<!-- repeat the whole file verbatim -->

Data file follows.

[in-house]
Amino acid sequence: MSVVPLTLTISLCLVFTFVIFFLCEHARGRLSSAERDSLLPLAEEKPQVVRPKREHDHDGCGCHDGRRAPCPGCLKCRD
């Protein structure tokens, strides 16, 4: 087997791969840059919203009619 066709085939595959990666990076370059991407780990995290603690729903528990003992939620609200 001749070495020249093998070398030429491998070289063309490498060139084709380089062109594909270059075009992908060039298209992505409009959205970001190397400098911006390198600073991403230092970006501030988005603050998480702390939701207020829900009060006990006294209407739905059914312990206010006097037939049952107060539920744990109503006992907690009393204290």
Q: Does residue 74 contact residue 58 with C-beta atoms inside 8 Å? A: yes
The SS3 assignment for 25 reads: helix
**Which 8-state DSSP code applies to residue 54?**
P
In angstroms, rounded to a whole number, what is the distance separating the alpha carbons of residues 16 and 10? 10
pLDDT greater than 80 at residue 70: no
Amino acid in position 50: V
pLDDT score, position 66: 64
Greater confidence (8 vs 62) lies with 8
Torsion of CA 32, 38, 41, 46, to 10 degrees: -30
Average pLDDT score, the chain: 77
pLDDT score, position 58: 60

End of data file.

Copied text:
[in-house]
Amino acid sequence: MSVVPLTLTISLCLVFTFVIFFLCEHARGRLSSAERDSLLPLAEEKPQVVRPKREHDHDGCGCHDGRRAPCPGCLKCRD
């Protein structure tokens, strides 16, 4: 087997791969840059919203009619 066709085939595959990666990076370059991407780990995290603690729903528990003992939620609200 001749070495020249093998070398030429491998070289063309490498060139084709380089062109594909270059075009992908060039298209992505409009959205970001190397400098911006390198600073991403230092970006501030988005603050998480702390939701207020829900009060006990006294209407739905059914312990206010006097037939049952107060539920744990109503006992907690009393204290």
Q: Does residue 74 contact residue 58 with C-beta atoms inside 8 Å? A: yes
The SS3 assignment for 25 reads: helix
**Which 8-state DSSP code applies to residue 54?**
P
In angstroms, rounded to a whole number, what is the distance separating the alpha carbons of residues 16 and 10? 10
pLDDT greater than 80 at residue 70: no
Amino acid in position 50: V
pLDDT score, position 66: 64
Greater confidence (8 vs 62) lies with 8
Torsion of CA 32, 38, 41, 46, to 10 degrees: -30
Average pLDDT score, the chain: 77
pLDDT score, position 58: 60